A lucrative contract for the procurement of defence equipment for the Nigeria Police Force appeared to have triggered the raging confrontation at the highest levels of the Buhari administration, PREMIUM TIMES can report.
Freshly obtained documents showed how the national security adviser, Babagana Monguno, tackled President Muhammadu Buhari’s chief of staff, Abba Kyari, for allegedly overriding a previous directive of the president in a contract to procure equipment for the police from the United Arab Emirates.
In the December 9, 2019 letter that was addressed to the police affairs minister and police inspector-general, Mr Monguno, a retired major-general, described Mr Kyari’s action as “reckless and irresponsible”, warning that it was capable of ridiculing Nigeria as an unserious nation before a reliable international partner.
Mr Monguno warned in the letter that Mr Kyari has been getting away with disregarding presidential orders to impose his own decisions — even though he had no constitutional power to issue directives on matters bordering on security. The NSA said only himself, as the head of multiple national security panels, and the defence minister have constitutional roles to act on security matters.
The documents appeared a part of a series of circulars issued between Mr Monguno and Mr Kyari between May and December 2019.
The first part of the documents to leak was first published by PREMIUM TIMES on Monday afternoon. It detailed how Mr Monguno accused Mr Kyari of hampering efforts to resolve insecurity in the country, sparking nationwide uproar and call for the president to take charge of his administration’s security measures.
The first memo also carried the same December 9, 2019 date, but was addressed to all crucial offices of national security coordination. The latest memo appeared to have been sent to inform the police affairs minister and the inspector-general on the background of the equipment and how Mr Kyari might be frustrating the procurement process.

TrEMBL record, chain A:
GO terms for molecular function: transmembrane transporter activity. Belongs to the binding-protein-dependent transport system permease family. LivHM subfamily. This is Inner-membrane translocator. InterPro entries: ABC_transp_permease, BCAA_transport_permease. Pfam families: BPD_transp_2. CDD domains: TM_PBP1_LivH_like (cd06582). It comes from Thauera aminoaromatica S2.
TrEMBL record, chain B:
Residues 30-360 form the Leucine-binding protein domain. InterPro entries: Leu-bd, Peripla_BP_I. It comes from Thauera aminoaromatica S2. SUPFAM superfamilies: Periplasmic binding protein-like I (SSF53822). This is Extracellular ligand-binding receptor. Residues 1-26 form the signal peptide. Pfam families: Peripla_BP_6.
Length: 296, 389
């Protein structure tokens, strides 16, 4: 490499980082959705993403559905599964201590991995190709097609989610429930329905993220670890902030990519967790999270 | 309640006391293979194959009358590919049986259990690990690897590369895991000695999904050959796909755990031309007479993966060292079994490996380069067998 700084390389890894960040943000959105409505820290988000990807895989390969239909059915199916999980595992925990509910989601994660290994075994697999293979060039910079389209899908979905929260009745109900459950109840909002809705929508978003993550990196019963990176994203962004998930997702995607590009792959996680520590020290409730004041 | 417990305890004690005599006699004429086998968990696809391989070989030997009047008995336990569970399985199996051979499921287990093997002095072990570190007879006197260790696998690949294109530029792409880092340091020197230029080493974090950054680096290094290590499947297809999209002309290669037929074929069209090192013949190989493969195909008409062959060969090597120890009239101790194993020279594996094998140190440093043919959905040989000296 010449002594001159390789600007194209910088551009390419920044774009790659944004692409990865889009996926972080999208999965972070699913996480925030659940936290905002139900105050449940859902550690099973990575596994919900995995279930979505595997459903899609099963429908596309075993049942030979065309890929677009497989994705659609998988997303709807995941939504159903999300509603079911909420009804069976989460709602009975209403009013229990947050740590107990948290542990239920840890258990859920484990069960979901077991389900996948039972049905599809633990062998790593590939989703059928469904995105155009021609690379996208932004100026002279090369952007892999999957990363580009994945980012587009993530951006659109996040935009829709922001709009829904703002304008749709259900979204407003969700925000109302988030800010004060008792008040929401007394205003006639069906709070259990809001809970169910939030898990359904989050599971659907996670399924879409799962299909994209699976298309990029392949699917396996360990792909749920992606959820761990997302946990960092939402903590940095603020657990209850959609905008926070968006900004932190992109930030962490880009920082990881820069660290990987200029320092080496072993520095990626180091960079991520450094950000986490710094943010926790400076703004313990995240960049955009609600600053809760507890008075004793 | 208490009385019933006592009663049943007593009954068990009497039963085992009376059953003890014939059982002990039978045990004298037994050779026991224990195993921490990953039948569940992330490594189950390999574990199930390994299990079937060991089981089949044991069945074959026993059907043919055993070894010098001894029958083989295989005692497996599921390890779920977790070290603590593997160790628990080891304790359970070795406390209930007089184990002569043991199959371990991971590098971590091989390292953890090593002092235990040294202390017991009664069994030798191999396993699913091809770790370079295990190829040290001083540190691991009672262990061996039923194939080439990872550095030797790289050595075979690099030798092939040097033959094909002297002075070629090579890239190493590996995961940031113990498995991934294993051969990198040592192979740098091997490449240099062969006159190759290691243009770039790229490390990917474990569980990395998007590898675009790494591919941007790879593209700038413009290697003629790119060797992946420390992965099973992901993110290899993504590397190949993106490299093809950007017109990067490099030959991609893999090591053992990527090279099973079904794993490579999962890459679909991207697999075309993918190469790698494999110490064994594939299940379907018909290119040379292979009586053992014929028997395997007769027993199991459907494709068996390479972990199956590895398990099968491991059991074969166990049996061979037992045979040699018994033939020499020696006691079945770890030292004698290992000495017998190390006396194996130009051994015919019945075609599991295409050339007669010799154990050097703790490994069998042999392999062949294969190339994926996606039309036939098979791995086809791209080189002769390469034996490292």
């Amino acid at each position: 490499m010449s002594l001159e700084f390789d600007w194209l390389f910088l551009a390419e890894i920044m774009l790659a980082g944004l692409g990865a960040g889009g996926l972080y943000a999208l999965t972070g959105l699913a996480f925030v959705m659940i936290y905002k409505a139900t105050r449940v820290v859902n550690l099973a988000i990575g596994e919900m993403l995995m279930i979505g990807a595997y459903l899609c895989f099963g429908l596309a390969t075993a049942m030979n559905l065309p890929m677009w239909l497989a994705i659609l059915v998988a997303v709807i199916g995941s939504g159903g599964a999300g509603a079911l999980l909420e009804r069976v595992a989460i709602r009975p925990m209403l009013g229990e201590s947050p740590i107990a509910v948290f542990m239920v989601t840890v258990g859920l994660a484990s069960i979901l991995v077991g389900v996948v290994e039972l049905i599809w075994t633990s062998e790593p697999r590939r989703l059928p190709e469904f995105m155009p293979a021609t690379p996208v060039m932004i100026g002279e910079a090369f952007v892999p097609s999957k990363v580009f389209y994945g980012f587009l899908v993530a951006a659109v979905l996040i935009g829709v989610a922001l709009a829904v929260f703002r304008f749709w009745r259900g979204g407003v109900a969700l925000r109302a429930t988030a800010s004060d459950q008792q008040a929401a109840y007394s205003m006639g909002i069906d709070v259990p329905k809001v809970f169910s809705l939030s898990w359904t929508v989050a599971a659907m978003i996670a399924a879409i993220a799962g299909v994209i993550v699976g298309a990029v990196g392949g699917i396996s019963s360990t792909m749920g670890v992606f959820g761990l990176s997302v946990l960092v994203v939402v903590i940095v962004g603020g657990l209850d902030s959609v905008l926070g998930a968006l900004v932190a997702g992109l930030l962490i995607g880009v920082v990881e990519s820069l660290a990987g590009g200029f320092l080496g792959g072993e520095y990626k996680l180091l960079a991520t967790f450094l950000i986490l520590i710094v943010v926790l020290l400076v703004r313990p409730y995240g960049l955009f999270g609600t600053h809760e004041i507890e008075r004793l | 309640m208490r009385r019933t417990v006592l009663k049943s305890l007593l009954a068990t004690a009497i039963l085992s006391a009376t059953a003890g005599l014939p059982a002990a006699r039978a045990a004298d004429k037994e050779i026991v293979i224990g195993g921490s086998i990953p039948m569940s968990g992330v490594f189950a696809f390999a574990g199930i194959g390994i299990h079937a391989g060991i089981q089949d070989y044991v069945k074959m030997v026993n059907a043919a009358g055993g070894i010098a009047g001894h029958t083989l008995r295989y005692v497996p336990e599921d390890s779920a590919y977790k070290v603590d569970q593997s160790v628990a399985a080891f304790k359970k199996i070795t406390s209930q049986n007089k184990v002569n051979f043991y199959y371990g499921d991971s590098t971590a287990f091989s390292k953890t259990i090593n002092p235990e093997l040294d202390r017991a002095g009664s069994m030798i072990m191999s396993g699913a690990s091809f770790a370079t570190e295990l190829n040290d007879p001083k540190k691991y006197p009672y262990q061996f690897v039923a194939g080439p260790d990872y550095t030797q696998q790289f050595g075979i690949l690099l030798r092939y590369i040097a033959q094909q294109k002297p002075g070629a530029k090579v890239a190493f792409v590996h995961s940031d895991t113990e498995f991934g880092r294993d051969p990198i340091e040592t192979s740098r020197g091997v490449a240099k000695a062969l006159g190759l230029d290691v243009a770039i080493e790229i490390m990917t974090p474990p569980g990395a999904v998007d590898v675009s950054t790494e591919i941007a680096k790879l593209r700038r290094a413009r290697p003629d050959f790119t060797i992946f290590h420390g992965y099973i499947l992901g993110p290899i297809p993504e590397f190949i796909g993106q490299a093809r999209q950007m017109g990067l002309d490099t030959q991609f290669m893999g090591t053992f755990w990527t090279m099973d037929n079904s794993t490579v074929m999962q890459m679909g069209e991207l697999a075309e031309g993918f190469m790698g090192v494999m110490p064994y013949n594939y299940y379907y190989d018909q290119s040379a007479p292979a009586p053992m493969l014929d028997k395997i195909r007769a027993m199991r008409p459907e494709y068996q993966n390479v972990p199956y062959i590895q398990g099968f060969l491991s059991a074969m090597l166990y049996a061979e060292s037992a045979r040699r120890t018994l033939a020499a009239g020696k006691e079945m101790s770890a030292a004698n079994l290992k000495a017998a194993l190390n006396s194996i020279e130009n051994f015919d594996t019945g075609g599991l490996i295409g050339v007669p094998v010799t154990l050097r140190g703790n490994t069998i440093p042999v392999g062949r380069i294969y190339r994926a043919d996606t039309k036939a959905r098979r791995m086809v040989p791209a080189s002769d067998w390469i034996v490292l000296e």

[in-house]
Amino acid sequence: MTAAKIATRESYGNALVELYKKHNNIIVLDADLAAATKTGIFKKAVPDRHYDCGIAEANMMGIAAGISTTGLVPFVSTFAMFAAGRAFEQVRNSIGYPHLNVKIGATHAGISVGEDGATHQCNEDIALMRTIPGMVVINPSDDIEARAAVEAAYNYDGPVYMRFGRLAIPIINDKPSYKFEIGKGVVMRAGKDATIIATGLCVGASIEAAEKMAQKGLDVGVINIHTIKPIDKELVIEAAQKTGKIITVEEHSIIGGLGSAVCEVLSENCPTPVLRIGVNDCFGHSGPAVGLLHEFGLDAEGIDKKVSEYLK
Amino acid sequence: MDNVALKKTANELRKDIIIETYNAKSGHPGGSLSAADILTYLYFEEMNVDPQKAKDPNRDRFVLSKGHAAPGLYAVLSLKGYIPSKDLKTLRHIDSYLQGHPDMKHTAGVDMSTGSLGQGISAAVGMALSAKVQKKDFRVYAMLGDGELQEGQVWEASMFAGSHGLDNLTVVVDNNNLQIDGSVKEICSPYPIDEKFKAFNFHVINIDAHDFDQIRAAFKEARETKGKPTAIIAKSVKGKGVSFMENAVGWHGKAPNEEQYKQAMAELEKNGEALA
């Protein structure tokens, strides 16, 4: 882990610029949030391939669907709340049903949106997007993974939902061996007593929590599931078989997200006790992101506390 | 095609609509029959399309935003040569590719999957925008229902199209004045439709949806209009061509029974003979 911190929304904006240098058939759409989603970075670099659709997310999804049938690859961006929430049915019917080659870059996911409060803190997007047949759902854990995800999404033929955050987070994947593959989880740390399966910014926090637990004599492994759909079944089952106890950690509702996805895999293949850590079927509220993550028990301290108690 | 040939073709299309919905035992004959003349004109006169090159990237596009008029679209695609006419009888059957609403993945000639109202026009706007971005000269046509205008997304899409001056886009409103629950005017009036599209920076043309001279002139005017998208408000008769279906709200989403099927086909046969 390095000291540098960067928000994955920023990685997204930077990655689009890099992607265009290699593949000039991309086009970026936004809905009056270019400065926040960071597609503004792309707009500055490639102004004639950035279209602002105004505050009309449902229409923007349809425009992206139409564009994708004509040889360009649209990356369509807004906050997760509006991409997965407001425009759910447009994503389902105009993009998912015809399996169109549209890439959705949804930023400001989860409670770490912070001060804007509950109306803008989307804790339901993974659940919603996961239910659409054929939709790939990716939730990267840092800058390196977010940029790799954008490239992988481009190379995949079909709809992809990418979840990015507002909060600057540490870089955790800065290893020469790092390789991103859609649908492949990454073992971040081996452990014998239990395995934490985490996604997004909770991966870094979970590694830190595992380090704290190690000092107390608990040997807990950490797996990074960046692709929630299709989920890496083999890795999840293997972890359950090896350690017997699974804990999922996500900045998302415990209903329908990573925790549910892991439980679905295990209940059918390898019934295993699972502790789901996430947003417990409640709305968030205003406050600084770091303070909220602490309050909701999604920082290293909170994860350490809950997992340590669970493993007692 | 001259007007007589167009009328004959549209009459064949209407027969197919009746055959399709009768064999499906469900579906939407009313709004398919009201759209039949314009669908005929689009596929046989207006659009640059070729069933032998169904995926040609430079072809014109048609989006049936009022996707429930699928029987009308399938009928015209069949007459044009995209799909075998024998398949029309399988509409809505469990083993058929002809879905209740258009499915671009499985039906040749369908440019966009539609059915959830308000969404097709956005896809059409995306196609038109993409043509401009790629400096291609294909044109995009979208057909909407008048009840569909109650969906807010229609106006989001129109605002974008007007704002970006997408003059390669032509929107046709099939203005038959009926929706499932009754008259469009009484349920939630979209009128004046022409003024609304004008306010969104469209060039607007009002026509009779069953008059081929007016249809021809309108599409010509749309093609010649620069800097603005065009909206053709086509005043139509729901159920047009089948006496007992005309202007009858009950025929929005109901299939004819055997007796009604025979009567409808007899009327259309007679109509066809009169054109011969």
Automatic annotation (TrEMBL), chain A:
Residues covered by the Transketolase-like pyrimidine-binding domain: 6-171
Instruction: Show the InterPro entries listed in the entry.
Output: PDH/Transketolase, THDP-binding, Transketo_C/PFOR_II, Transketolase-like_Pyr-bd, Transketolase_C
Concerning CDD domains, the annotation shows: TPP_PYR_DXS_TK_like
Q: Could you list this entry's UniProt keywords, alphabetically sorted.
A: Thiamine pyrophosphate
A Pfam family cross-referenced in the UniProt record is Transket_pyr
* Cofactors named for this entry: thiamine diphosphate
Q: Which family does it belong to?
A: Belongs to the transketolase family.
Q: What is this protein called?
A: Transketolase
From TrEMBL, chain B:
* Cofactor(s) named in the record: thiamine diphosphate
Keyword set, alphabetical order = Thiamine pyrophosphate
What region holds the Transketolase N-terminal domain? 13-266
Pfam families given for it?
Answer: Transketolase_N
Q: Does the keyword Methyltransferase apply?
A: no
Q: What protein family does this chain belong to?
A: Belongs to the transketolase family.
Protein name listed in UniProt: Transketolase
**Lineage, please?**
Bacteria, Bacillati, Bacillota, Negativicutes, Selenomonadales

It was not immediately clear which equipment were being procured by the Buhari administration from the Emirati, but Mr Monguno disclosed that the International Golden Group, a Dubai-based defence and security dealer, was the firm agreed between Mr Buhari and the UAE Crown Prince in 2016, the memo showed.
Neither the president nor anyone in his cabinet has commented on the crisis at the presidency since Monday. Mr Kyari and two presidential spokespersons, Femi Adesina and Garba Shehu, rejected requests for comments on the memo Monday afternoon. They also did not return similar requests based on the latest documents that shed additional light into the rancour.
Nigeria has been grappling with multiple security problems, most of which security experts have said should ordinarily be handled by the police. The military has been locked in a decade-long battle with Boko Haram insurgents ravaging the country’s northwestern flank and the neighbouring Niger, Cameroon and Chad.
Mr Buhari’s repeated promises to curtail insecurity have come short for the most part, despite billions spent on military procurement and capacity-building efforts.
Mr Monguno, who has continued to act as the NSA even though his appointment has not been renewed for Mr Buhari’s second term, has been at the centre of coordinating efforts to combat insecurity. But his labour, he said in the memo, has been regularly frustrated by Mr Kyari’s “meddlesomeness,” which has pitted the chief of staff to not just the NSA but other key administration officials over the years, including Vice-President Yemi Osinbajo.
The implication for the raging fall-out between the top aides of the president has dominated debates since the first memo was published on Monday. The opposition Peoples Democratic Party (PDP) has demanded a thorough investigation into the fallout, lamenting its potential detriment to national security.
See documents below: